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Former trade minister Kanimba appointed ECCAS Commissioner

François Kanimba. File

Former Minister of Trade and Commerce François Kanimba has been appointed as the Commissioner in charge of Common Market, Economic, Commerce and Financial Affairs of the Economic Community of Central African States (ECCAS).

This emerges following the 17th Conference of Heads of State and Government of ECCAS held virtually this week.


This was the first summit since the organisation’s institution reforms on 18th December 2019.


 Among the adjustments following the reforms is the appointment of an eight-member commission to replace the Secretariat General.


Kanimba’s experience in his new appointment also comes from his previous experience as Central Bank Governor.

Gilberto Veríssimo, from Angola will serve as President of the Commission on a five-year term.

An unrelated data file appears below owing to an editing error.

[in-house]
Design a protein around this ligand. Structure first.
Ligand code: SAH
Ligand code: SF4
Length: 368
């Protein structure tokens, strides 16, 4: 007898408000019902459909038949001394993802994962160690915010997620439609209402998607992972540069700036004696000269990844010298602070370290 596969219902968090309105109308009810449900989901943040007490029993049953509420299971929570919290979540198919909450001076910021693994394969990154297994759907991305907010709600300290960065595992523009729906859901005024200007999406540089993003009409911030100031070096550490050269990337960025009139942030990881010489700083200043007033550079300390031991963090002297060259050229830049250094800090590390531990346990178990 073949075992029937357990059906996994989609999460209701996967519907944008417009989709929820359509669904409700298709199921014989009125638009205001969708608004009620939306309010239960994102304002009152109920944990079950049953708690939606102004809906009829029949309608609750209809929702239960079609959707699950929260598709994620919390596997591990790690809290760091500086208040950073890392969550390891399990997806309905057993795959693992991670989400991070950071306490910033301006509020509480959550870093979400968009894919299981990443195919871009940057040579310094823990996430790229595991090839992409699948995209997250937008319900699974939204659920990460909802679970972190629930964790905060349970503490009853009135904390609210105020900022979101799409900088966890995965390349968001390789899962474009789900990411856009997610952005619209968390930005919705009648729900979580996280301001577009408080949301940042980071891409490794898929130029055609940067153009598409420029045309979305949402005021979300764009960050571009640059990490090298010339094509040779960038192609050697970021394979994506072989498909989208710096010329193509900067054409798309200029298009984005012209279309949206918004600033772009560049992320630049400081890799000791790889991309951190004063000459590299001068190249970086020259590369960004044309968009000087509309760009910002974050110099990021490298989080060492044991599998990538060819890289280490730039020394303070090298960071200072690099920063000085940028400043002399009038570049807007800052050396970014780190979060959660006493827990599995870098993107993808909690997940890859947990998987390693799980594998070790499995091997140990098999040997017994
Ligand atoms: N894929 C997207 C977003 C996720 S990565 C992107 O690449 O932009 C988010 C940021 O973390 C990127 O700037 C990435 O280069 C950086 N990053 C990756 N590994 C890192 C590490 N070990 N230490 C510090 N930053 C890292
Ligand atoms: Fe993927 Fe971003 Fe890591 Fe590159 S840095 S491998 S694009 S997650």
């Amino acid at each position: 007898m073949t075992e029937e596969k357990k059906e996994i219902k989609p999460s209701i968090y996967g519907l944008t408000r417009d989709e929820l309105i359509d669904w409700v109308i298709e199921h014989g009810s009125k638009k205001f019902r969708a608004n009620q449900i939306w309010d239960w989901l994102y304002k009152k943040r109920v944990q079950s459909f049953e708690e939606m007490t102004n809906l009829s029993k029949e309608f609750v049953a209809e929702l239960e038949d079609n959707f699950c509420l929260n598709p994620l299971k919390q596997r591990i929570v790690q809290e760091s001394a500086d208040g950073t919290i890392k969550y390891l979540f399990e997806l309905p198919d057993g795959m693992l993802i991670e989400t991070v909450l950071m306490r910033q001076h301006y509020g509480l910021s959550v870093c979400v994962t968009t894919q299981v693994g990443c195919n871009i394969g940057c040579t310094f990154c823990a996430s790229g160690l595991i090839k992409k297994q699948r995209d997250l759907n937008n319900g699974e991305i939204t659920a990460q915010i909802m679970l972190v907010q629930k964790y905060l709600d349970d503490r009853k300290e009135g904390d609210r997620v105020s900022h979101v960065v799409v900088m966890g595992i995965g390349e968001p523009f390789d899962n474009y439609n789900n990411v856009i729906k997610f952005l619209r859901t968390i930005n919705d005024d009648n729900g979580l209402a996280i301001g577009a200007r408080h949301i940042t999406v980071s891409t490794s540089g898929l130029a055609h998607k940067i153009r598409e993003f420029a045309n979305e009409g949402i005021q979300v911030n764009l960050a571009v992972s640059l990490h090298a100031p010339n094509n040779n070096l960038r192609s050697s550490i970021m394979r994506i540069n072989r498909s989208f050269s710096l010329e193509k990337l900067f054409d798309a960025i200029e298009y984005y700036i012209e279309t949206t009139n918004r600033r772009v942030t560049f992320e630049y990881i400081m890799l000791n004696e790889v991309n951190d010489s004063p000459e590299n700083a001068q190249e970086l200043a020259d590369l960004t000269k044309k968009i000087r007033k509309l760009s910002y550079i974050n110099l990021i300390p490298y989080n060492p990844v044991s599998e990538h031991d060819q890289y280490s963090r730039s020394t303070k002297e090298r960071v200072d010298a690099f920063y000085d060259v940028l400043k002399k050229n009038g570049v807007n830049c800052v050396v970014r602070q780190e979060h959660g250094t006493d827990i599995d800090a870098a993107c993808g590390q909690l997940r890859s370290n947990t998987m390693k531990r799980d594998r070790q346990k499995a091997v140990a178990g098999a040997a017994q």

The reforms are expected to make the institution more efficient and to strengthen coordination among its 11 member states.

The recent reforms by the bloc include making countries more accountable such that a country that will not comply with requirements including making timely contributions to it will not be entitled to any support from ECCAS.

Rwanda in 2015 rejoined the Economic Community of Central African States (ECCAS), eight years after pulling out of the regional bloc.

Rwanda had pulled out of the regional bloc in 2007, but in 2015 it confirmed its interest to return to the bloc, which has a population of over 158 million and GDP of $257 billion.

Rwanda had joined the organisation at its inception in 1983, but left in 2007, a decision that the government said was based on the country’s interests, the orientation of international diplomacy and African economy.

Among the reasons Rwanda sought to rejoin was to make the most of the benefits that would advance towards goals such as the expansion of the national carrier RwandAir.

Membership of the bloc allows Rwanda to use treaties that allow for free movement of people and goods.

The bloc brings together Angola, Burundi, Cameroon, Central African Republic, Chad, Congo, the Democratic Republic of Congo, Equatorial Guinea, Gabon, Rwanda and Sao Tome and Principe.

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